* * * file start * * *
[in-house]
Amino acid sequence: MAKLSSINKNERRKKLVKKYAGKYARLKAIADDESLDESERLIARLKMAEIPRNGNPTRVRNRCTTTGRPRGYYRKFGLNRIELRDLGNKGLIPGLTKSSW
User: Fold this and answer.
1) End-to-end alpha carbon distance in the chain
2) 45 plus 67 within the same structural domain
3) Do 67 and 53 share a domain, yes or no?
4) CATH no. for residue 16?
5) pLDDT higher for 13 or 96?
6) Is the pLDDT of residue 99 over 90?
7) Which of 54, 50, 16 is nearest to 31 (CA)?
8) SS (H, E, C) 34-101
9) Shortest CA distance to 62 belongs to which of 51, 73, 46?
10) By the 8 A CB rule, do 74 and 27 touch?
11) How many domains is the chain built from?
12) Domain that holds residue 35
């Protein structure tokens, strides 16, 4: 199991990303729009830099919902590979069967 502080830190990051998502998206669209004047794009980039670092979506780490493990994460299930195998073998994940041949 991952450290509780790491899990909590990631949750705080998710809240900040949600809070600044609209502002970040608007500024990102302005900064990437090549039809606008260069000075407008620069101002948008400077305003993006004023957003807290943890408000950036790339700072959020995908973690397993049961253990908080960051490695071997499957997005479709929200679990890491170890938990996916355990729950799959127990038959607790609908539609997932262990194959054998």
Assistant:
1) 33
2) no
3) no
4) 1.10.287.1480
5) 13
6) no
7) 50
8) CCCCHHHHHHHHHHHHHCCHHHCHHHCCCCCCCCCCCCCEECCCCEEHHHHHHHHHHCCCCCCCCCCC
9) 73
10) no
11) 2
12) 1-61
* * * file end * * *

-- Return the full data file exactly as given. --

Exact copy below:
[in-house]
Amino acid sequence: MAKLSSINKNERRKKLVKKYAGKYARLKAIADDESLDESERLIARLKMAEIPRNGNPTRVRNRCTTTGRPRGYYRKFGLNRIELRDLGNKGLIPGLTKSSW
User: Fold this and answer.
1) End-to-end alpha carbon distance in the chain
2) 45 plus 67 within the same structural domain
3) Do 67 and 53 share a domain, yes or no?
4) CATH no. for residue 16?
5) pLDDT higher for 13 or 96?
6) Is the pLDDT of residue 99 over 90?
7) Which of 54, 50, 16 is nearest to 31 (CA)?
8) SS (H, E, C) 34-101
9) Shortest CA distance to 62 belongs to which of 51, 73, 46?
10) By the 8 A CB rule, do 74 and 27 touch?
11) How many domains is the chain built from?
12) Domain that holds residue 35
């Protein structure tokens, strides 16, 4: 199991990303729009830099919902590979069967 502080830190990051998502998206669209004047794009980039670092979506780490493990994460299930195998073998994940041949 991952450290509780790491899990909590990631949750705080998710809240900040949600809070600044609209502002970040608007500024990102302005900064990437090549039809606008260069000075407008620069101002948008400077305003993006004023957003807290943890408000950036790339700072959020995908973690397993049961253990908080960051490695071997499957997005479709929200679990890491170890938990996916355990729950799959127990038959607790609908539609997932262990194959054998």
Assistant:
1) 33
2) no
3) no
4) 1.10.287.1480
5) 13
6) no
7) 50
8) CCCCHHHHHHHHHHHHHCCHHHCHHHCCCCCCCCCCCCCEECCCCEEHHHHHHHHHHCCCCCCCCCCC
9) 73
10) no
11) 2
12) 1-61